So anyway, I think there is a definite fault with numerical scores. As we learned in a recent post on cold weather drams, sometimes a whisky that is heavily influenced toward peat or sherry even to the point of inbalance can be wonderfor on a cold day. Similarly on a hot day a light whisky that may lack some complexity would be wonderfully refreshing. I’m not saying that all light whiskies lack complexity or all heavily peated whiskies are imbalanced. Only saying that not every time I have a dram am I sitting down to contemplate the layers of complex flavors, and when I want a whisky to comfort or refresh, those additional flavors could be a distraction and that isn’t reflected in whisky scoring.

    I believe whisky reviewing is much better than wine reviewing. The whisky community is fortunate to have so many distinct voices and palates reviewing whisky, there is less standardization in reviewers language, and reviewrs regularly use the full range of their rating scale. It is also relatively easy to find both subjective and objective views of a whisky. All of these things make the reviews a more useful guide to whisky consumers.

  20. Joe M says:

    What a refreshing discussion! It’s a big deal for a major whiskey writer to not only broach the subject of his own authority, but to go that much further and urger his readers to read other reviewers. I agree that it’s a deeply subjective process closer to appreciating music than reviewing an automobile (where there’s a lot more empirical information to stand on).

    John, this is why I urge you to de-emphasize the floral note decomposition which gives the air of empirical analysis (an idiom developed by R Parker for his “instant” but somehow authoritative review style). I believe that it’s still subjective whether or not you can smell hints of pencil shavings and quintz. Let us in even more on the total experience (which you do as well or better than anyone). On factual side, information about whiskey construction (distilling/aging/history) is extremely valuable to me and is an area where you continue distinguish yourself.

    Keep up the great work.

  21. John Hansell says:

    Great input guys.

    Joe, I am less flowery than some writers and try to keep my reviews more straight forward. (I am a scientist by trade, not a writer.) I do try to focus more on the total experience, but your advice is a good one and I will endeavor to continue this as much or more in the future. Thanks!

  22. Rick Duff says:

    I think the most important thing of a good review is a very good graphic description. The description can talk about some things that I really like, but the reviewer doesn’t. Now the Woodford Reserve Sweet Mash was an example of a good graphic review that was a bad rating, and even though it sounded good, I had to agree with you.. not too good.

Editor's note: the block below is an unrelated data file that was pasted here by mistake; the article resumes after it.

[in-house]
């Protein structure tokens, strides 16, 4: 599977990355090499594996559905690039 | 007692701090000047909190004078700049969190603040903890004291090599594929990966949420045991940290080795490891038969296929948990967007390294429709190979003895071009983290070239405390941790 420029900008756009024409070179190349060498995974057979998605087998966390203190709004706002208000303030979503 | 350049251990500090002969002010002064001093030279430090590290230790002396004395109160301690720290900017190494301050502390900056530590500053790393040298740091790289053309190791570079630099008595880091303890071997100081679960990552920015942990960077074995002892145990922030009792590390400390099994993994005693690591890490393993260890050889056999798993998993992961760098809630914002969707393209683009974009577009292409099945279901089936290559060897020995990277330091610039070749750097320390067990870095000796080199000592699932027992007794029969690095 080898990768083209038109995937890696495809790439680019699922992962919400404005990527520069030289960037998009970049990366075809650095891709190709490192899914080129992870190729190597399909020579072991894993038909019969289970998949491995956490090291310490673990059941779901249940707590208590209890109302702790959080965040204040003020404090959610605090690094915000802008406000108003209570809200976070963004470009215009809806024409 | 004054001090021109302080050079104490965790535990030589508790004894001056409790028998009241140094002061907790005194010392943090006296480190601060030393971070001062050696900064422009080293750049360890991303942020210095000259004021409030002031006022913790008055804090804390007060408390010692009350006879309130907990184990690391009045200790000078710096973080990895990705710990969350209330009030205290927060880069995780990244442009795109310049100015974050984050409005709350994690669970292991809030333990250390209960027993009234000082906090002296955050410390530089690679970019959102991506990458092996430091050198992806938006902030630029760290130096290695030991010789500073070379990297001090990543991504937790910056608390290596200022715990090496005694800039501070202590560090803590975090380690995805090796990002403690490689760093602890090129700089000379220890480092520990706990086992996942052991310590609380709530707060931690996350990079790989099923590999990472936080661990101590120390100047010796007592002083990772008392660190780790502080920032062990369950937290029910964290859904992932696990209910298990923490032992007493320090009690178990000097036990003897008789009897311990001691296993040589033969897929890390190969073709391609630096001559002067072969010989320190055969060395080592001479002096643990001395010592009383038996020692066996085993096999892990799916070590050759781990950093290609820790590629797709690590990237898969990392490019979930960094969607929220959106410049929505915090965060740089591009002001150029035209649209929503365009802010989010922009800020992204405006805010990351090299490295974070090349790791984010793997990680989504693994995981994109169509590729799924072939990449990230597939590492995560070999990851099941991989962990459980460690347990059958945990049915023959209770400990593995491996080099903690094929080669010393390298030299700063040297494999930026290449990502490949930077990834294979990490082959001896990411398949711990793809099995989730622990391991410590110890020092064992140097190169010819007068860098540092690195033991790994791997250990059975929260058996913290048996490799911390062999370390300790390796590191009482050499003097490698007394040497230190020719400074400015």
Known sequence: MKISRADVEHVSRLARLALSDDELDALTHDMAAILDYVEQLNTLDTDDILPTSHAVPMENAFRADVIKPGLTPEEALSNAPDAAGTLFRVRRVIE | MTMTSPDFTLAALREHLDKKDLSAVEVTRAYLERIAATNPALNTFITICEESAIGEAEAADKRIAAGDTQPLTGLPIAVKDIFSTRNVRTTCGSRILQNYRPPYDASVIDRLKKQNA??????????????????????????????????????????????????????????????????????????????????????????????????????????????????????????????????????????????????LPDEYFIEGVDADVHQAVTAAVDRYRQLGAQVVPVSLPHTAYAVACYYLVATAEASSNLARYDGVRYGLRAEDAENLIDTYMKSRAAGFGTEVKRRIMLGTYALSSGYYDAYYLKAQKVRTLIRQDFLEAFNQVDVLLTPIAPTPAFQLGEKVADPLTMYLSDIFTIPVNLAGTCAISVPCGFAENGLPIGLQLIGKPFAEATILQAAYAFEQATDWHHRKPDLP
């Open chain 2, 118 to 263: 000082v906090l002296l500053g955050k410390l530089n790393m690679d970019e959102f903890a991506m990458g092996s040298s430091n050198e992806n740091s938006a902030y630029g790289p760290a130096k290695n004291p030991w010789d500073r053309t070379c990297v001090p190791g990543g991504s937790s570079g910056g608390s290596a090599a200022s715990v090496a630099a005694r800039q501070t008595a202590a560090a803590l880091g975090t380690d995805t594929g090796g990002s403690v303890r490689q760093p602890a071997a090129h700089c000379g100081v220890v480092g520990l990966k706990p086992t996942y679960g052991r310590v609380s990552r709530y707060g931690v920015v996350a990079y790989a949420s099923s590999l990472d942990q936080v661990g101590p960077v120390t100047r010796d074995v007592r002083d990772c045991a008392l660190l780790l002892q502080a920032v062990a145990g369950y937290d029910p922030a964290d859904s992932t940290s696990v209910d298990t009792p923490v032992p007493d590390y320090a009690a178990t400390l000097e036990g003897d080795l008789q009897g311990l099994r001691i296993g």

23. Leither says:

    Like you say John, I respect all Whisky writers opinions – personally, the one I follow most is Jim Murray. One thing I do not really care for are the more esoteric descriptors used by some others and to me JM tells me how it is, but I know it is only one opinion. The way I like to think of it is trust your own palate but learn from others and, most importantly, keep an open mind.

    I think though, the great benefit for us consumers (& the industry) these days is the various blogs and forums with consumer opinions, comment and tasting notes. The web is a great tool to gather insight and varied opinions.

    I work in the field of Tourism, and while it is agreed that many consumers respect the various ‘official’ star or grading systems that Hotels and the like use, many more consumers prefer to use websites such as tripadvisor etc to hear what the average consumer thinks.

    As such I like a mix of both, I want to read what experts say but I also want to hear what ordinary punters think too.

  24. Dr. Whisky says:

    Great post, John, and some great points raised everybody
    The Indian restaurant comparison from Ryan above is parallel to the example I was about to give about going to an authentic Szechuan restaurant named HOT SPICY SPICY. All items on the menu used only those adjectives to describe over 50 dishes. And man, were they ALL different (and hot and spicy).
    So could we always say “honey, vanilla, oak and a touch of smoke” about every single whisk(e)y and not be wholly innacurate? Yes. So it is exactly as you say, John, “if every one of us likes a whisky, there’s probably a good chance you will too. But only if you like that style of whisky,” meaning the effective tasting note is not the one that offers some arbitrary SCORE or keynote descriptor, but rather that which accurately portrays the STYLE of the whisky in any words necessary.